Stylus attachment. The Surface’s stylus has magnets inside it that match magnets on the side of the Surface. They snap together pretty positively. You wouldn’t want to carry the whole thing in your bare hand, but I didn’t have any problems with it ever coming off in my bag. The Mobile Studio, meanwhile, comes with a little plastic dingus that you’re supposed to cram into the security slot, which will hold the stylus against the side of it, obscuring the charge port. 5 points to the Surface, -1 to Wacom, for scores of 4 vs 28.

Drawing surface. The Surface is hard, hard glass and its pen skids around like, well, plastic on glass. And it’s ultra-reflective, to boot. You will want a matte screen protector – once I got one of those off of Amazon for a few bucks, both of those were fixed. The Mobile Studio has a tiny bit of tooth to it, and is not terribly reflective; it doesn’t feel as nice to draw on as pencil on paper, but it’s a lot better out of the box than the Surface. -1 to the Surface, 3 to Wacom. 3 to 31.

Weight. The Surface is .78kg. A black hardcover sketchbook .87 kg. The Mobile Studio is 1.38 kg. And the Air is 1.35 kg, though if I add in the Intuos it’s about 2.16 kg total. The Surface weighs less than a sketchbook. And while the Mobile Studio is less to haul around than the Air plus a drawing tablet, in practice I’m discovering that 1.38kg is way too heavy for a thing I tend to want to support in one hand. It has to be supported by whatever it’s sitting on; trying to lift it up for a better angle makes my hand start to complain very quickly. 1 point to the Surface; -30 points to the Mobile Studio. And that makes the Surface start looking better: 4 points vs 1.

Support. Half of the Surface’s back folds out on a hinge, to make a very stable kickstand. It’s easy to adjust, stays where you put it, and lets you have it at a wide range of angles. It is a wonderful thing, and nearly every Windows 10 tablet computer on the market has stolen it with Microsoft’s blessing. Except for the Mobile Studio. Which has… nothing. You can buy a big awkward plastic stand for it, or you can carry around a little one. Or you can do what I’ve done, which is to take one of the lightweight wire stands I use for books at conventions and tape it to the back of the Mobile Studio, because with a thing this heavy there is really no point where you’re ever going to want to use it without a stand. If I keep it I will probably try to find something slightly more elegant, as it’s constantly catching on my bag when I try to stick the Mobile Studio back into it while getting off the bus. 20 points to the Surface. -7 to Wacom. 24 vs -6.

Cool Widgets. The Surface has a camera that does “Windows Hello”. It seems silly at first but it is really pretty damn cool to turn it on and give it a good angle on my face to log in. And then it smiles and winks at me, which is just really charming. It also happens in like two seconds with no interaction on my part. I think the 16″ Mobile Studios might have this but my 13″ does not; I have to use a password or PIN to log in every damn time I take it out. And the keyboard doesn’t automatically pop up when the password/pin fields appear; I have to hit the ‘summon keyboard’ button at the top of the screen no matter how I play with Windows’ screen keyboard settings. Very annnoying. On the other hand, the Mobile Studio has a row of six buttons and a little wheel running down one side of the front. They’re configurable to a lot of things; I’ve traditionally ignored these on my drawing tablets, preferring to keep one hand on a keyboard, but I can see them working pretty well to hit a few very basic keys and summon a customizable radial menu when you’re using it without a keyboard. They are also why it is too wide to fit in a bag. And honestly once I get the hand-held keyboard I bought along with the Mobile Studio configured, I’ll probably never use them*. 7 points to the Surface for making logging in not just painless, but fun; 5 to the Wacom for having some extra buttons at the price of being too huge for my bag. 31 vs -1.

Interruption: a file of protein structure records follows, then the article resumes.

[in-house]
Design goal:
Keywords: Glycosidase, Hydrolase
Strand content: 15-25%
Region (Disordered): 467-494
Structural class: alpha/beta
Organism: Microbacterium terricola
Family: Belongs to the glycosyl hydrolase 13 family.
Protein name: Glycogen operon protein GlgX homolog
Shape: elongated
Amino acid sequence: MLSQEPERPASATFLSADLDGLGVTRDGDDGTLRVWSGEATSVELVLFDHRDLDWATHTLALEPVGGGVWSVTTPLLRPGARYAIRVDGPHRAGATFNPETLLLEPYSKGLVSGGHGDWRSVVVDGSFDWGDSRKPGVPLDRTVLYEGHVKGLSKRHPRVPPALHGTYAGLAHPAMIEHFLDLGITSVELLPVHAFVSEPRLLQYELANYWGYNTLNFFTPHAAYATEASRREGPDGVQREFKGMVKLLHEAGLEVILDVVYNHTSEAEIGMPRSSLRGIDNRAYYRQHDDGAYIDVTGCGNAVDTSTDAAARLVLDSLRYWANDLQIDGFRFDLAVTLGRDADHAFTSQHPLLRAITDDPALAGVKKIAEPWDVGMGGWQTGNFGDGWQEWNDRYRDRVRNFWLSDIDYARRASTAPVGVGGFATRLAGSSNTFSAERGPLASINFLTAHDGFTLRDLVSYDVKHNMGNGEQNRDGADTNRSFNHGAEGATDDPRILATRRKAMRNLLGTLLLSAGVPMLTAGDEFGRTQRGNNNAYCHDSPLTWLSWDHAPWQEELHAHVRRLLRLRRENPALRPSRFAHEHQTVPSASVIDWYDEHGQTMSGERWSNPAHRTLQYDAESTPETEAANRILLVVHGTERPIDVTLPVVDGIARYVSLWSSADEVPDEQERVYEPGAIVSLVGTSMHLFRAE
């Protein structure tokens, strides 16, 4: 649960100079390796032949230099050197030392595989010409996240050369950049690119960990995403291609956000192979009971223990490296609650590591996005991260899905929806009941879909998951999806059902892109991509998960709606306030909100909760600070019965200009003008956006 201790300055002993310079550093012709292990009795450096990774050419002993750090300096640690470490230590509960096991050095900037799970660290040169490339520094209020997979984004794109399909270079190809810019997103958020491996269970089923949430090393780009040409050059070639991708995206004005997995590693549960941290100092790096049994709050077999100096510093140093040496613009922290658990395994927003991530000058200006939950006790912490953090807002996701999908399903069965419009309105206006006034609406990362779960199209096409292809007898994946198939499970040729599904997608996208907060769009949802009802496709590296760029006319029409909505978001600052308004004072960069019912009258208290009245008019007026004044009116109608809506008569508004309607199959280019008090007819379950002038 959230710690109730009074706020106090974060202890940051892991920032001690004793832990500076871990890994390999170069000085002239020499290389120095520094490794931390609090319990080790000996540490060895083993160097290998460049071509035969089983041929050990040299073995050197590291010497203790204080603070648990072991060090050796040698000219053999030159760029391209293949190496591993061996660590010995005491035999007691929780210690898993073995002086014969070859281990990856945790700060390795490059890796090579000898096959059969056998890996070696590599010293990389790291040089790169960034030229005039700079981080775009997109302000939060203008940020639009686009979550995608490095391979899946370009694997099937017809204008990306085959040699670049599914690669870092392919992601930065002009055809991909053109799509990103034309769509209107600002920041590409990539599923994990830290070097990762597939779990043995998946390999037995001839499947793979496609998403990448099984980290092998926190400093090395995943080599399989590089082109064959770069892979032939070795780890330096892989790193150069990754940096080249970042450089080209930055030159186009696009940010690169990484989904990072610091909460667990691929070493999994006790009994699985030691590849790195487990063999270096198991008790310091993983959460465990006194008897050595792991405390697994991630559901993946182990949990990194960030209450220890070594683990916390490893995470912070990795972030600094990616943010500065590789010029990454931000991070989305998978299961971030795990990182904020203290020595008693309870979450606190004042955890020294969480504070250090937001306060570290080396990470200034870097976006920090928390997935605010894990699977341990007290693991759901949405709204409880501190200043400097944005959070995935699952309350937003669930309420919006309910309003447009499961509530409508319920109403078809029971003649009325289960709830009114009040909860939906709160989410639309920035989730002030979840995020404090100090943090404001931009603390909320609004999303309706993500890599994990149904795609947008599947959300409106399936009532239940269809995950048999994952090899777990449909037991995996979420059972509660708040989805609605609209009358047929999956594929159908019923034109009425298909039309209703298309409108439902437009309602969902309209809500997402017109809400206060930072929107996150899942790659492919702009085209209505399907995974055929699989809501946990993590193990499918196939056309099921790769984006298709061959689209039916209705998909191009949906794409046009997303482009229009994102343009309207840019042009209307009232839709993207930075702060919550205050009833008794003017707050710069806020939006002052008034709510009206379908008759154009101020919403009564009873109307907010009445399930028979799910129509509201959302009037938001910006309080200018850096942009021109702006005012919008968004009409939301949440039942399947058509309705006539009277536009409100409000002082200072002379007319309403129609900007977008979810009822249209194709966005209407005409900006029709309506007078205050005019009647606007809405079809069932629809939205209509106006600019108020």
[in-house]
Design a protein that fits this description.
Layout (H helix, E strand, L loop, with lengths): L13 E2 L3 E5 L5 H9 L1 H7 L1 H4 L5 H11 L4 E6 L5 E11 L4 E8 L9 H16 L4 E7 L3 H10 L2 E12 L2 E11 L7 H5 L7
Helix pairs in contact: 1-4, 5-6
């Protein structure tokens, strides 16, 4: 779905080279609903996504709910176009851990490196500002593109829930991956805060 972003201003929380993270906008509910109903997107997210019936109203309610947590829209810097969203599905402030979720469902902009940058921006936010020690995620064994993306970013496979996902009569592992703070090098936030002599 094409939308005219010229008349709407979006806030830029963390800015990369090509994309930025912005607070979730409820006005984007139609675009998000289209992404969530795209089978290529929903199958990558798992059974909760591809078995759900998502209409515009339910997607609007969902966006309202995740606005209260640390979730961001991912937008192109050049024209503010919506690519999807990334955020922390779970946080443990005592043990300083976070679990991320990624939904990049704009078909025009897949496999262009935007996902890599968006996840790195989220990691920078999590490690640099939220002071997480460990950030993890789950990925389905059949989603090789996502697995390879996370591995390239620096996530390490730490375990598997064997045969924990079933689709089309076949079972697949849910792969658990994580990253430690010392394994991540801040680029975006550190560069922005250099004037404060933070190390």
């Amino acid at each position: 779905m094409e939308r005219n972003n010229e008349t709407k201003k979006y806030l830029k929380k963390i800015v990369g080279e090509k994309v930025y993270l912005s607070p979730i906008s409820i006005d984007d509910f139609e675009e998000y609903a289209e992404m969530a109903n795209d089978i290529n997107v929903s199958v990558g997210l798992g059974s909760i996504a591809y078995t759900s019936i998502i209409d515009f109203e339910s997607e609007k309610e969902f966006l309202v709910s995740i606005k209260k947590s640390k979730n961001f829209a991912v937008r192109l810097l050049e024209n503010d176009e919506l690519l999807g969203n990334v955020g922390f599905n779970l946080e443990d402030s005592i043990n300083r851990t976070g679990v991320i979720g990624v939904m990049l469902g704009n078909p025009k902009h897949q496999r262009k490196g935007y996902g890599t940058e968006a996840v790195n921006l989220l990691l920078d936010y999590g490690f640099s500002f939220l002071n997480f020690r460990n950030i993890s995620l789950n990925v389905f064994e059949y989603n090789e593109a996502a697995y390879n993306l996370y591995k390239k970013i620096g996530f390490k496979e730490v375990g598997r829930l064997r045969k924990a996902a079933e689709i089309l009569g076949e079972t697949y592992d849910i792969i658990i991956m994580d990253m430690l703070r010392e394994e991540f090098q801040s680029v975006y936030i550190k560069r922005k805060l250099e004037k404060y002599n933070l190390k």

Operating system. Both of them run Windows 10. Both of them come with terrible defaults: “pen flicks”** are on, the Surface wants to wake halfway up in your bag and check for new email on a regular basis and tends to end up waking all the way up and wasting half its battery warming up your bag, the Wacom isn’t very thrifty with its power out of the box either, hitting the command key on the Apple keyboard I’m connecting to them brings up the desktop instead of acting as a meta key, why the hell is Apple not making a device in this space damnit. All of these things can be fixed but it’s annoying to someone who’s spent the past sixteen years on Macs, and I’m not pretending to be rating the appeal of these things to anyone but myself here. -5 to both; the score’s now 26 to -6.

Adobe Illustrator compatibility. Here’s the big one. This is the art tool I’ve been using for the past sixteen years, the one I know how to use without any conscious thought, the one I have drawn an entire graphic novel in. The one program I am buying these things to run. The Mobile Studio works just fine with it, as I expected. The Surface? Drops the first half-second of my stylus motions every time I draw a shape with Illustrator’s pencil or brush tools. And… my workflow is based almost entirely around drawing shapes with Illustrator’s pencil tool. The Surface is therefore basically useless to me. The Internet has told me to both install a driver and to delete one; installing the driver made things even worse, and the one I’m supposed to delete doesn’t exist. There is one last suggestion I haven’t tried, and will probably visit a Microsoft store to check out soon, but I have no hopes of it working. -600 points to the Surface.

Final score: -574 to -6. Nobody wins.

From what I have heard, nearly every art program out there works fine with the Surface, except for Illustrator. Clip Studio Paint had issues, but got updated; Flash supposedly doesn’t see the stylus at all. I didn’t try either of those programs, or indeed anything else but Adobe Illustrator – the whole point of getting these tablets for me is “a Magic Sketchbook that lets me use Illustrator on the bus”. If I was willing to change applications I’d just switch to something that runs on an iPad Pro and spend about $900 for that and the Apple stylus, which is a damn nice stylus aside from the terrible recharging setup.